Very early on the morning of the 18th, we checked in again at the Tallahassee airport and made our way home via Charlotte and Philadelphia and Bangor and Dallas. December is checked off – another unfurling piece of water full of mystery and surprise, full of potential for more, and a reunion with a person I have known all my life, another unfurling pathway full of mystery and surprise and potential for more.

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November in the Books

When I started this river-trip-a-month theme last May, I assumed that many of my sojourns would be solo ones. Marypat is still working, many of my friends have obligations that tie them down. I just didn’t think I’d be lucky enough to have company. Now, seven months in, I’ve only managed one solo jaunt, my September agate fest on the lower Yellowstone River, and it looks like I may only have one more on the horizon.

Months ago I vaguely lined my sights on the San Juan River in southern Utah as a November candidate. I knew it could as easily feel like winter as fall, by that time, but I knew people ran the river almost year round and that I’d be able to at least get down it, even if it had potential to be uncomfortable. I thought of my friend, Grant.

In a whimsical text I asked if he’d have any interest in joining me. He said sure, but he couldn’t commit due to some life issues he had to take care of. We left it at that. Then, late in October, after our Green River week, I nudged him again. “I’m in,” he said.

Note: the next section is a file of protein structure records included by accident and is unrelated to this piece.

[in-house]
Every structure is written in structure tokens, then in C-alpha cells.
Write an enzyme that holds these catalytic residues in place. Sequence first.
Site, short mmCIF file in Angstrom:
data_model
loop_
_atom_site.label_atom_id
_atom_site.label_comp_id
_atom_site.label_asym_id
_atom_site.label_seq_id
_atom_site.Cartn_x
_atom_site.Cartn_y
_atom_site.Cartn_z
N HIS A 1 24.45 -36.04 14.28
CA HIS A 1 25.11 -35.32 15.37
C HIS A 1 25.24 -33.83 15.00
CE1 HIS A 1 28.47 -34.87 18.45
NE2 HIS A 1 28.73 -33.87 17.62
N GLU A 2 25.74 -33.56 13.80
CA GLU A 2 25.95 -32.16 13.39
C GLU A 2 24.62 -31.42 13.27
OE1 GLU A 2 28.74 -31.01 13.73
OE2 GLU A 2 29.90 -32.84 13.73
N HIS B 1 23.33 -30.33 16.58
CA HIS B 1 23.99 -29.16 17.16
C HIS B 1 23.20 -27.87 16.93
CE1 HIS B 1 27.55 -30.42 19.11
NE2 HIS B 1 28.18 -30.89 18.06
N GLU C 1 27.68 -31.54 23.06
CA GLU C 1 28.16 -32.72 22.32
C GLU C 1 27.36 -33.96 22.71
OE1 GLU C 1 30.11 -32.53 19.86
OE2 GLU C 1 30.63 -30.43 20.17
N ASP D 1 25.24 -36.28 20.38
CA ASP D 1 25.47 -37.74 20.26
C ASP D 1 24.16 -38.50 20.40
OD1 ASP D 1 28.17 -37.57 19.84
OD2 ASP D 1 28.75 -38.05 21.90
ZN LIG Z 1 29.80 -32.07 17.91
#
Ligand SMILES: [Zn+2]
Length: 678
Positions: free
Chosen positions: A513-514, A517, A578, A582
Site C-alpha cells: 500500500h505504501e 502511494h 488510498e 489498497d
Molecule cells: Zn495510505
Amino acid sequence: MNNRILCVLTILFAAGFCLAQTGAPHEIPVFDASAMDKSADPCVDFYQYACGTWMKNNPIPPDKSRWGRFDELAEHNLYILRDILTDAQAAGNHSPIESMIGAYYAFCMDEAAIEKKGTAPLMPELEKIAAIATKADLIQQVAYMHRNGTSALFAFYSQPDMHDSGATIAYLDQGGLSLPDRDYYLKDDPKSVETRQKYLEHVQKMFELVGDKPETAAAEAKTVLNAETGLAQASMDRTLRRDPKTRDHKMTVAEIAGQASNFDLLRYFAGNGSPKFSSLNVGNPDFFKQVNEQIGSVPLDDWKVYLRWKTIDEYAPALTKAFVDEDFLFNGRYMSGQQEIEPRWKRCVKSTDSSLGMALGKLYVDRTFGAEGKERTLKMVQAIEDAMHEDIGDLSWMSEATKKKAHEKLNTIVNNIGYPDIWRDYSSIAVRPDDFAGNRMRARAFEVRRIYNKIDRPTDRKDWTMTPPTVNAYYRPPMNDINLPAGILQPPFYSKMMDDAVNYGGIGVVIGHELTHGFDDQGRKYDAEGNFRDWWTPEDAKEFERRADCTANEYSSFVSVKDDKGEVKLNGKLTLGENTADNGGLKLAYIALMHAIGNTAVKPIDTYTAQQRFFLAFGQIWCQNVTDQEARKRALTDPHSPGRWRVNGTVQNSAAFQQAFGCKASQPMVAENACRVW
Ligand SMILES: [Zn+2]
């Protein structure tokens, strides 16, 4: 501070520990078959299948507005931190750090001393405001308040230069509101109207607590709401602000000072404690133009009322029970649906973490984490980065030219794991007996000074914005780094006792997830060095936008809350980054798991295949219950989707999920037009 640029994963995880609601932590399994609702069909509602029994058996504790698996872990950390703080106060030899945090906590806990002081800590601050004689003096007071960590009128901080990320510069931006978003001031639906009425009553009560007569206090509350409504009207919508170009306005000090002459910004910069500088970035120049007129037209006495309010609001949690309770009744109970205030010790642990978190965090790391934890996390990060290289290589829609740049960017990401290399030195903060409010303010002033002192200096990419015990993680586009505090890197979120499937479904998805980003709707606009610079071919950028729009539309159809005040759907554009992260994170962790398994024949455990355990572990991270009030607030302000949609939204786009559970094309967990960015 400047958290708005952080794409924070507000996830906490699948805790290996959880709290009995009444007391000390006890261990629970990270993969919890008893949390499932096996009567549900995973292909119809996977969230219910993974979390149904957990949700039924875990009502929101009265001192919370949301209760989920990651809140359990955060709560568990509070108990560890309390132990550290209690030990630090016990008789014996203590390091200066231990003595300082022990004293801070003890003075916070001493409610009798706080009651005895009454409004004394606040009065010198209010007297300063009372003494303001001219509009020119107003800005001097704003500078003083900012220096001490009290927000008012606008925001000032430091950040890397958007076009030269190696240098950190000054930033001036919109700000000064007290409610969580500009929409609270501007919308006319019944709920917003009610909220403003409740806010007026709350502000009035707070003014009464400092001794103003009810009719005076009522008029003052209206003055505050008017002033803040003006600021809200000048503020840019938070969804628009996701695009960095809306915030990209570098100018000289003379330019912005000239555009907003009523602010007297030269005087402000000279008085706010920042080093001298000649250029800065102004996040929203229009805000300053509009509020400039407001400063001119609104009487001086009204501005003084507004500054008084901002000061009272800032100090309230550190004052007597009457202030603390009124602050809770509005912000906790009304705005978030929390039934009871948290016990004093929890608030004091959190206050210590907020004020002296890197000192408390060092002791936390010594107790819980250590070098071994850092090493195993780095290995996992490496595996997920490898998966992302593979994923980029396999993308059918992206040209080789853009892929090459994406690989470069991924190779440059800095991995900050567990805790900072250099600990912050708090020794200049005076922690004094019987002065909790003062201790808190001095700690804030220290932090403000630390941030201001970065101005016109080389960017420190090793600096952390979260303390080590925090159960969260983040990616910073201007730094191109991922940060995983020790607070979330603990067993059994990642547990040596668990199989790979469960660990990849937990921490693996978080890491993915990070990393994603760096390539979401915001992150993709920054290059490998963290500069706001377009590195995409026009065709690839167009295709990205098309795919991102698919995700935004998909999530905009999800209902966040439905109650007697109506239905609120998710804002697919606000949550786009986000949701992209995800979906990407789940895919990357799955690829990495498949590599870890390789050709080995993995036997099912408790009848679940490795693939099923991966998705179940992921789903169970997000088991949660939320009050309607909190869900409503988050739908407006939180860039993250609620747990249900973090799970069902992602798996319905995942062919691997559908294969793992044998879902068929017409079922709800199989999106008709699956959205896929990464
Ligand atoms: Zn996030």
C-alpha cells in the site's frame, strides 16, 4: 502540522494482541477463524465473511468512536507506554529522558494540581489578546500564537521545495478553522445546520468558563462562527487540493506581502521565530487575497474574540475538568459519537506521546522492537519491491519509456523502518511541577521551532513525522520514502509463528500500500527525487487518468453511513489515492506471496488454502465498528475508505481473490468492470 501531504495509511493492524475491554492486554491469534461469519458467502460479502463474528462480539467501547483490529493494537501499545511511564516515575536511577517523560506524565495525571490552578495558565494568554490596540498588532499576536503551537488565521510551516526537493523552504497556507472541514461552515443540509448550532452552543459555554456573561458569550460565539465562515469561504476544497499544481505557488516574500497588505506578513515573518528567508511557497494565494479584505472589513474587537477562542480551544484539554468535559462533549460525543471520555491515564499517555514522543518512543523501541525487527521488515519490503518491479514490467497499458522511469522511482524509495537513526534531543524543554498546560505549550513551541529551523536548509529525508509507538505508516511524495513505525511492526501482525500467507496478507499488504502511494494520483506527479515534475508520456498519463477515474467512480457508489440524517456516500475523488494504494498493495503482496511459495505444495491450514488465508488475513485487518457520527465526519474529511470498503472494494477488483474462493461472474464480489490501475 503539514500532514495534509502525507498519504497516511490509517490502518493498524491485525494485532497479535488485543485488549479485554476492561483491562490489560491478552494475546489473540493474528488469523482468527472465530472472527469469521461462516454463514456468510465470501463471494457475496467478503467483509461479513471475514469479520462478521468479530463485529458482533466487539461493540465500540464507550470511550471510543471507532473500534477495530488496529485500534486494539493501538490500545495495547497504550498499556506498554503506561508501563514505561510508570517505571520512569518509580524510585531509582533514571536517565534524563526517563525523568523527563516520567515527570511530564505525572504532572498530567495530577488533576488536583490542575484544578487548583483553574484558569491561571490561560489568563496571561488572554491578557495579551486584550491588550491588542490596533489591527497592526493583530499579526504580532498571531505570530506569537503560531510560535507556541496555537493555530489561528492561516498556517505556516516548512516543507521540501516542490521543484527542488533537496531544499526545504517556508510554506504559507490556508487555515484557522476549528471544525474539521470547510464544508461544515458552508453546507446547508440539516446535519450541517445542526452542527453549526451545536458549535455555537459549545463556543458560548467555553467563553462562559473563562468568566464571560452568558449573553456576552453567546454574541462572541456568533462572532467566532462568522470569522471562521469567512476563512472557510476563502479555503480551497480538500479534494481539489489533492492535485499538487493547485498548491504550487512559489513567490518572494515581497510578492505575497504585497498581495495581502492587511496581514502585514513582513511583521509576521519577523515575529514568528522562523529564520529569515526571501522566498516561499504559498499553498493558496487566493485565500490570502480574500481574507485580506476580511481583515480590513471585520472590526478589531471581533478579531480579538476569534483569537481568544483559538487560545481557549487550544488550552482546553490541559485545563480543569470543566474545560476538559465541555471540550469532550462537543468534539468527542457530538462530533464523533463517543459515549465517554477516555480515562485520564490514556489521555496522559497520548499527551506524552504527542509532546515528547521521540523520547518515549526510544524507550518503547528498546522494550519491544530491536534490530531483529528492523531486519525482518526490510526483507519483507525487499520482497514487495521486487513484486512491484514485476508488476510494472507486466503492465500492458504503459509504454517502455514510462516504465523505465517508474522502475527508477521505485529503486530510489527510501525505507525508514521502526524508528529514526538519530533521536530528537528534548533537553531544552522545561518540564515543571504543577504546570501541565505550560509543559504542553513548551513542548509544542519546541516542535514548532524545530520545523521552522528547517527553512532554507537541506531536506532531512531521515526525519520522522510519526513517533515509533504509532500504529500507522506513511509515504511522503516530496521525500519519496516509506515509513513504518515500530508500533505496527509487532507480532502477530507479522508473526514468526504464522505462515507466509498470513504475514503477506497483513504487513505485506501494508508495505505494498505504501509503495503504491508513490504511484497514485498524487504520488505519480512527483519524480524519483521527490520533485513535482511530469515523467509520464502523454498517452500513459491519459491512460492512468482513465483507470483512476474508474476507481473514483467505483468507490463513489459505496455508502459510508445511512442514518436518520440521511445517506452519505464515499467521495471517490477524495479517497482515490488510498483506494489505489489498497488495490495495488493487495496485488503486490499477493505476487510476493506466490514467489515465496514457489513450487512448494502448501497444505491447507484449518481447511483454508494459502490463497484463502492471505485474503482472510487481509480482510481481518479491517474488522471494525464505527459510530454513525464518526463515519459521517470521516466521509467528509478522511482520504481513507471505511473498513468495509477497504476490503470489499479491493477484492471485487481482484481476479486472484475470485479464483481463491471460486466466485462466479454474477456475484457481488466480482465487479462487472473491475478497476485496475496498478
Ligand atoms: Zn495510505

I’ve known Grant for 40 years. We worked together in the Outdoor Ed. Dept. at Northland College. He was my best man. In our time together in Wisconsin, we did a lot of paddling together, in all manner of craft – traditional canoe, Montreal canoe, C-2 . . . We had our noble, memorable moments, and some ignoble ones, but we were a paddling team with rhythm and history together. To share a boat hull again would be a profound benefit of his company.

In early November he flew into Bozeman. We spent a long day in the car driving to the put-in at Sand Island near Bluff, Utah. On November 11th, after taking care of the shuttle details and reorganizing gear, we launched in a cool, clear blue sky day. No one around.

For the next week we meandered down the bends of this storied tributary of the Colorado, through canyons 2,500′ deep, navigating rapids and portages, dealing with low water and frosty nights, seeing only one other person. We had a remarkably stable week of weather – 60 degree days and nights around freezing, very little wind. We had low water that challenged our route-finding abilities, especially at the end, where Lake Powell has backed up sediment miles into the river channel and the flow braids through shallow sand bars that are really hard to read.

Long nights, a rest day with a hike up Honaker Trail, a portage of Government Rapid, where the low river made the rock garden rapid unrunnable, many sweet runs through minor rapids that rekindled our paddling partnership and stand out, for me, as the highlight of the journey. And our last night, camped at the mouth of Steer Gulch, just 5 miles from the end, the one and only song of the canyon wren. Again, at dawn, as we were packing for our final morning, that blessing of descending desert song – joyful and robust.